Improving Business/IT Efficiencies with Enterprise Architects

How an enterprise architect can help you maximize your investment in BPM and BRE tools and other technologies.

Is your organization struggling as IT and business units work at odds? Automated tool vendors tout a multitude of benefits, some offering users more control over process logic to help relieve the project backlog within IT. If you’re not getting the greatest value from these tools, it may be that what your organization needs is more effective enterprise architecture.

The new discipline evolved from the intersection of business and IT—from the need to align business requirements and IT capabilities and the need to translate business strategy to IT strategy. Could it be the key to getting the value that vendors are promising?

There’s much to recommend bringing an enterprise architect on board, according to Vivek Mehra, director of global financial services at Keane Inc., one of the world’s leading business process and IT services firms, and a chief enterprise architect himself.

“Our clients bought business process management (BPM) and business rules engines (BRE) and all those tools, but their success rate hasn’t been very good. A large part of this is from a lack of governance, and most implementations are done in silos or within isolated divisions without taking into account cross-divisional impact rather than across the enterprise. There’s also an expectation that once installed, the tools will provide automation forever, but that doesn’t happen.”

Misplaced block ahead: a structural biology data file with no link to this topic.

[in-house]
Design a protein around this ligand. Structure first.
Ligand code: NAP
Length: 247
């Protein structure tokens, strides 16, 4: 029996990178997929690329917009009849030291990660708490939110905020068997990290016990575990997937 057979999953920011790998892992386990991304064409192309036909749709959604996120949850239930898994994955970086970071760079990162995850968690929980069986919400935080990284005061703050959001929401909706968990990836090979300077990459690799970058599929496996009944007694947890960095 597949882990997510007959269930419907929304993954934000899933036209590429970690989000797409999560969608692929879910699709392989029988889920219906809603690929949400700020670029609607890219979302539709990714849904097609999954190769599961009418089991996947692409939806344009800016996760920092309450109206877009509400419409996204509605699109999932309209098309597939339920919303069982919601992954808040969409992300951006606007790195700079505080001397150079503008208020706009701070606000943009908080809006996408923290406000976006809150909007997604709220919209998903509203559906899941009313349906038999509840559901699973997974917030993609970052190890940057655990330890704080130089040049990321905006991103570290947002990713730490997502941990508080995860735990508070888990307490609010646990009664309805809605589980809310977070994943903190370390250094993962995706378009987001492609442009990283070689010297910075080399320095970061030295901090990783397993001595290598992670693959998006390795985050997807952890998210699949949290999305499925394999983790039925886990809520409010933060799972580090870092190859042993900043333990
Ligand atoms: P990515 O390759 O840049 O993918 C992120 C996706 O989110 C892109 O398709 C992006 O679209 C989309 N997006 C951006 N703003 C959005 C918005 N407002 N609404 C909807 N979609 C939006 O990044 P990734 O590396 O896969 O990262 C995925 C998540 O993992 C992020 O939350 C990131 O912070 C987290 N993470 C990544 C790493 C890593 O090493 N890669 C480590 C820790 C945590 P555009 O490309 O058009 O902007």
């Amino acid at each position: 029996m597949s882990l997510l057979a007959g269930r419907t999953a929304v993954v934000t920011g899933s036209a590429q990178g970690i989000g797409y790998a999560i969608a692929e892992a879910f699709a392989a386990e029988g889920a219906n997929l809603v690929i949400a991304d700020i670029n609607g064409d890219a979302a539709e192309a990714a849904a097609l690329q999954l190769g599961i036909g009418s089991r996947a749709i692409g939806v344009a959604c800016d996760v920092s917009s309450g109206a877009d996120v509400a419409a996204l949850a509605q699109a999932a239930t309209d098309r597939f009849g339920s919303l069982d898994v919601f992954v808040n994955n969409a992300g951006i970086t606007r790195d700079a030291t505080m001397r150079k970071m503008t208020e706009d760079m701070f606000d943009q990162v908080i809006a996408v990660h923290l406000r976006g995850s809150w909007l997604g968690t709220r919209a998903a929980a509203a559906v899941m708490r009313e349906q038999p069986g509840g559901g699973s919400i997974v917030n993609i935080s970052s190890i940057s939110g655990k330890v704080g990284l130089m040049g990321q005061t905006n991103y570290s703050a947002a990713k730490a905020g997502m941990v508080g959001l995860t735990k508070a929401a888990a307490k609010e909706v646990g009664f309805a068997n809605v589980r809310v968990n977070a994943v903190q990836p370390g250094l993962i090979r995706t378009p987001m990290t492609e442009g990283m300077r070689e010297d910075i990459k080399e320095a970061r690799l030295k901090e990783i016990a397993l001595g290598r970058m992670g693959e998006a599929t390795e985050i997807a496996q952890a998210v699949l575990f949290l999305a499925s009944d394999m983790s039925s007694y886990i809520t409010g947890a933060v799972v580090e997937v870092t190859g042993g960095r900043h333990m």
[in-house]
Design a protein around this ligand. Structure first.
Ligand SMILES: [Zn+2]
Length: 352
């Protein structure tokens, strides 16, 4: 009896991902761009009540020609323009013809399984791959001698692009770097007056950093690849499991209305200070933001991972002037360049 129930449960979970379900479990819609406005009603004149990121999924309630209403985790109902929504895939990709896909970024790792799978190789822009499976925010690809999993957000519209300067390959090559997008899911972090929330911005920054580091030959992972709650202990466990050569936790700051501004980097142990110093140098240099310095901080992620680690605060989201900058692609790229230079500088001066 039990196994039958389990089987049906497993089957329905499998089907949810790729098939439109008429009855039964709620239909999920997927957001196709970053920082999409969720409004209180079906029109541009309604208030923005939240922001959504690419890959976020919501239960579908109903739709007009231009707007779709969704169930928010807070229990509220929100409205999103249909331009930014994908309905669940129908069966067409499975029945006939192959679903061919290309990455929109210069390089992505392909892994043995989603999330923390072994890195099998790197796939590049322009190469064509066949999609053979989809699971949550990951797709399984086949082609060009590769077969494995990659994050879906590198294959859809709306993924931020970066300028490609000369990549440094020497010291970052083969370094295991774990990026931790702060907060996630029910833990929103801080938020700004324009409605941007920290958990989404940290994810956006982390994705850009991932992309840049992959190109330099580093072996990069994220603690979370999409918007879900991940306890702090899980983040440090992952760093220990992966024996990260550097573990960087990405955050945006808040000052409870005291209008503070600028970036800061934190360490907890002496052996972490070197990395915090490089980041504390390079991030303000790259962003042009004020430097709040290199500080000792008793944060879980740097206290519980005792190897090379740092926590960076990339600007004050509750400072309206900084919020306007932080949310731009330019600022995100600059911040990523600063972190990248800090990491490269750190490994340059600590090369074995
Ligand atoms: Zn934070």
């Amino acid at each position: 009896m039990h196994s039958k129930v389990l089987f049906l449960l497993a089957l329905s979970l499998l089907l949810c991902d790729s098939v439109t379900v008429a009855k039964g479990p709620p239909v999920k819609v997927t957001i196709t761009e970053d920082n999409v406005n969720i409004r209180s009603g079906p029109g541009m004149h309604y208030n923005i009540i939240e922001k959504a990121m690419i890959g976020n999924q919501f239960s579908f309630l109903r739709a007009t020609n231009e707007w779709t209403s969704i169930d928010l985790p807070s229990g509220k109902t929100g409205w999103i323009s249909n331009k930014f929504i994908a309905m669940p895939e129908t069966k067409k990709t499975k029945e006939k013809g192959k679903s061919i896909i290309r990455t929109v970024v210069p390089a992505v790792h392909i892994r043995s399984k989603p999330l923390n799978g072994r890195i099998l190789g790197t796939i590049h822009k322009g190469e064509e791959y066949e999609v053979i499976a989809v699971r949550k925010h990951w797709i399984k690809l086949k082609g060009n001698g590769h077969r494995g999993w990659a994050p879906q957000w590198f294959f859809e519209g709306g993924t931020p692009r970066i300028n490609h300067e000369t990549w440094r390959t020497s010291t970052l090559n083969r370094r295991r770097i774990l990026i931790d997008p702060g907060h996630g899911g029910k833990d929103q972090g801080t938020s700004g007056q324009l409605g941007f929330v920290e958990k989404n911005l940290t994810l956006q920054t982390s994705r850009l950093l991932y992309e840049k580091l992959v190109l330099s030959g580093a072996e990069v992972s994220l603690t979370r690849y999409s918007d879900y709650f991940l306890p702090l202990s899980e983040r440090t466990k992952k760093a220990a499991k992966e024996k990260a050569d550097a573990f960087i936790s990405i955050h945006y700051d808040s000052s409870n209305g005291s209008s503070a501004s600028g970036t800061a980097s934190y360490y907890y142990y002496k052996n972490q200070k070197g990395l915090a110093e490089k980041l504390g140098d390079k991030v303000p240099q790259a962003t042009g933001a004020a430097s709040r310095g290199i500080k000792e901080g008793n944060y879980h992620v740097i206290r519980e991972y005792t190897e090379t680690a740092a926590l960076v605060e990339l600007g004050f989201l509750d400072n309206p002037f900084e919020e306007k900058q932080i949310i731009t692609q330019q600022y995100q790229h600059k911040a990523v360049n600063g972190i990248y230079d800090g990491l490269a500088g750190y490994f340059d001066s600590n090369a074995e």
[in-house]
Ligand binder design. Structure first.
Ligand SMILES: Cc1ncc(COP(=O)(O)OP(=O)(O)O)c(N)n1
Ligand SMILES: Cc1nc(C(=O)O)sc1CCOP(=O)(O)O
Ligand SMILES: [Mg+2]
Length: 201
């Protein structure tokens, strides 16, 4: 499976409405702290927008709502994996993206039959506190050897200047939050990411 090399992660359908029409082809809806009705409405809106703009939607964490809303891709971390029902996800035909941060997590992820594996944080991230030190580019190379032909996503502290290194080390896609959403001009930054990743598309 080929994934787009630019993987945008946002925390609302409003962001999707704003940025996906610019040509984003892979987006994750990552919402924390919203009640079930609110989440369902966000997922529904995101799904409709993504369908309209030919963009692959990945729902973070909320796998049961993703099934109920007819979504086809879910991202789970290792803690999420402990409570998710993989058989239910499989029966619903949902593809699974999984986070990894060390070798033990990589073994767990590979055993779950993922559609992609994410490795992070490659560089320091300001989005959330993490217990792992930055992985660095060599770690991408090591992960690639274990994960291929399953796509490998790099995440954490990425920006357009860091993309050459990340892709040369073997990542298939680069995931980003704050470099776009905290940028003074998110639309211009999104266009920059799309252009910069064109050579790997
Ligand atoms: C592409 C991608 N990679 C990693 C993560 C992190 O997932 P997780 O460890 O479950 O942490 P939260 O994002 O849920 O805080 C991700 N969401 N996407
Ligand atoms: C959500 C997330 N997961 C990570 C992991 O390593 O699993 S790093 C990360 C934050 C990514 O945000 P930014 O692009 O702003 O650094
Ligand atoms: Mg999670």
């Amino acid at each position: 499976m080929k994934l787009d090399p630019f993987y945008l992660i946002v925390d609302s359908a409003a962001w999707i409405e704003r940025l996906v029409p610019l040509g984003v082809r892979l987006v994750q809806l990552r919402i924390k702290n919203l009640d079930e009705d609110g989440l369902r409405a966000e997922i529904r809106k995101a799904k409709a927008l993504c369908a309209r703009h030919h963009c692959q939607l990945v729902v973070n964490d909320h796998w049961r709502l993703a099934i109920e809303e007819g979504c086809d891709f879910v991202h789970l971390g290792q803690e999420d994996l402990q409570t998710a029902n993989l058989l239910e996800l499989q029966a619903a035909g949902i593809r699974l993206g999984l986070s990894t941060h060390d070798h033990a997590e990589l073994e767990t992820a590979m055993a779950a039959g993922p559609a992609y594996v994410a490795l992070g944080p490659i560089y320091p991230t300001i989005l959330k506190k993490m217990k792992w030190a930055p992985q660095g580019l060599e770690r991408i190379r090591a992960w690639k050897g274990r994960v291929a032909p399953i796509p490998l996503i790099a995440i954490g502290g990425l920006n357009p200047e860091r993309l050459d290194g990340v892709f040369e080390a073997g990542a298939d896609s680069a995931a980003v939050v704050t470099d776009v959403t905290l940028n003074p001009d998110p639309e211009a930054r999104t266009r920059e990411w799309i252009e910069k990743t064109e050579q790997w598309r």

A BPM suite of tools helps you take a process (handling an insurance claim, for example) and encode it in a tool using a visual interface rather than documenting it on paper. Its promise: making it easier to update changes to your processes. A business analyst can visually reconfigure a process using the tool’s interface, and theoretically those changes will cascade down to the systems and data level so IT doesn’t have to recode applications. Closely associated with BPM are business rules, such as “a claim with a box 14 checked must be routed to an exception-handing department.” Such rules can be stored in a business rules engine, and rule changes can be made to an automated tool (and are then reflected in an application) without asking a developer to change code.

The goal of BPM and BRE tools is to minimize coding caused by process changes. They are particularly useful when a business needs to launch a new product or service—which can be time-consuming, especially when IT must support it (probably adding the project to an already overflowing queue). The tools have an additional benefit: they force you to document the processes, which helps identify deficiencies, redundancies, and inefficiencies.

The problem, according to Mehra, is that BPM and BRE tools aren’t adopted across the enterprise—only in small pockets. Processes that cross divisional boundaries are partly in an automated tool, partly on paper—so you don’t get the advantage the tools offer. For example, they don’t help an enterprise quickly introduce a product that IT can support.

That’s where the enterprise architect comes in. Rising from the gap between business expectations and what IT can deliver, enterprise architects understand that tools must be used throughout an organization. They understand the business goals and priorities, what IT is capable of doing, IT’s roles and responsibilities, know what technology investments are being made—and have knowledge of where the data lives. Essentially, the architect must understand both sides of the business/IT coin.